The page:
One of the most important items in a successful critique group is keeping track of time. The moderators of Wordsmiths are terrific at this! We all “obey” the timer almost to the minute and get a tremendous amount of quality work done. Through the years, however, I have been in other groups where there was resistance to time limits or they were not strictly enforced. Often readers did not observe the 10-page maximum for manuscripts.
Many times I’ve heard phrases such as, “I don’t like time limits. Anybody should be free to read as much as they like,” or “Timers a just a nuisance. We should discuss each manuscript as long we want.” I have been in groups where sometimes over an hour was spent on one person’s work! While attitudes such as these may seem helpful and considerate, they are really unfair. If 6-8 members bring something to read, it’s easy to see how the meeting will drag on for hours and members could get very weary (and cranky!) 🙂
And, in truth, it serves no purpose to go over manuscripts with such a “fine-toothed comb.” It’s not necessary to pick apart every sentence. The main idea of a critique group is to give writers an objective viewpoint, to figure out if something isn’t quite right or otherwise doesn’t work.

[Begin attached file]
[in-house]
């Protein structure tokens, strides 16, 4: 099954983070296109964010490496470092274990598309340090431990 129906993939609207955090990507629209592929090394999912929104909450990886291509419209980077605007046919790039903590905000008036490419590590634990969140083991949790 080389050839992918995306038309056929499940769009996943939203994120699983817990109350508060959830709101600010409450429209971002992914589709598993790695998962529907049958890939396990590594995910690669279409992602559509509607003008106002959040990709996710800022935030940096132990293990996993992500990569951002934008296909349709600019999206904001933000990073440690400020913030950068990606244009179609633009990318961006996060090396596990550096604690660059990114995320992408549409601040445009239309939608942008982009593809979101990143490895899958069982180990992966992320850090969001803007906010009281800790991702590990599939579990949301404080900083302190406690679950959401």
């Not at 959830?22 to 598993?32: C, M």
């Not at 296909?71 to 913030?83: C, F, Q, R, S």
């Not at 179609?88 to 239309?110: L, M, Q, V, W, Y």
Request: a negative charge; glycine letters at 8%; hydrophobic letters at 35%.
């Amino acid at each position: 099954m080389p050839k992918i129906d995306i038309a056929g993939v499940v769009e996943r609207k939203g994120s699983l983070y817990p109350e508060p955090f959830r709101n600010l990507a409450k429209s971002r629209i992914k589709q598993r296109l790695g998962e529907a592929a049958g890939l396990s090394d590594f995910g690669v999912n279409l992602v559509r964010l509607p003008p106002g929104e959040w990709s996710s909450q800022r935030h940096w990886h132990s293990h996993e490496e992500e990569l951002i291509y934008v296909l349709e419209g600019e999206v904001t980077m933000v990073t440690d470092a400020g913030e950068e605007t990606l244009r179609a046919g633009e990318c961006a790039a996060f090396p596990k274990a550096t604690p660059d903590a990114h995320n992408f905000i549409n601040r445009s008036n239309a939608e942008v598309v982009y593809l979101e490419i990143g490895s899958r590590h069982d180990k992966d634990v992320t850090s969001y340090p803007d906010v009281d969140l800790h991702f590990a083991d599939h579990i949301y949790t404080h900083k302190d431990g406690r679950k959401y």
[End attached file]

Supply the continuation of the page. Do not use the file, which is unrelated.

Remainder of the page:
Certainly sentence fragments, glaring punctuation and grammatical errors, if they are found, can be commented on (in a positive, encouraging way, of course), but otherwise, these small items can simply be marked on the manuscript. More importantly, if everyone tells how they think the story should be written, often changing plot, characters, and sometimes even the main idea, it no longer is the original writer’s work.
Here are some examples: In one group I was in years ago (they mainly wrote for adults) one woman always wanted to change most main characters to a pre-menopausal woman, insisting this would make the story “so hilarious.” In another, a writer wanted every story, even those for small children, to be “sensitive to women’s issues.” A third instance was a member who questioned every detail of setting, whether it be snow in the mountains, the desert of the Southwest, or even the Amish country. He always knew better, claiming he had “been there.”
None of these criticisms, or “suggestions,” helped the writer. They weren’t true to the original intent, used up time and energy, led to arguments (which have no place in a good critique group) and often left the writer dazed and confused.
From my experience in Wordsmiths, I know that limiting what each person reads to 10 pages is important. And, 20 minutes, 30 minutes at the very most, is ample time to discuss and comment on these manuscripts. This gives a writer the feedback she needs without using up copious amounts of time, exhausting members, and/or completely dismantling a manuscript.
If you find your critique group is dragging, try using a timer and sticking to a schedule. It works beautifully for us!
Contributed by Marjorie Flathers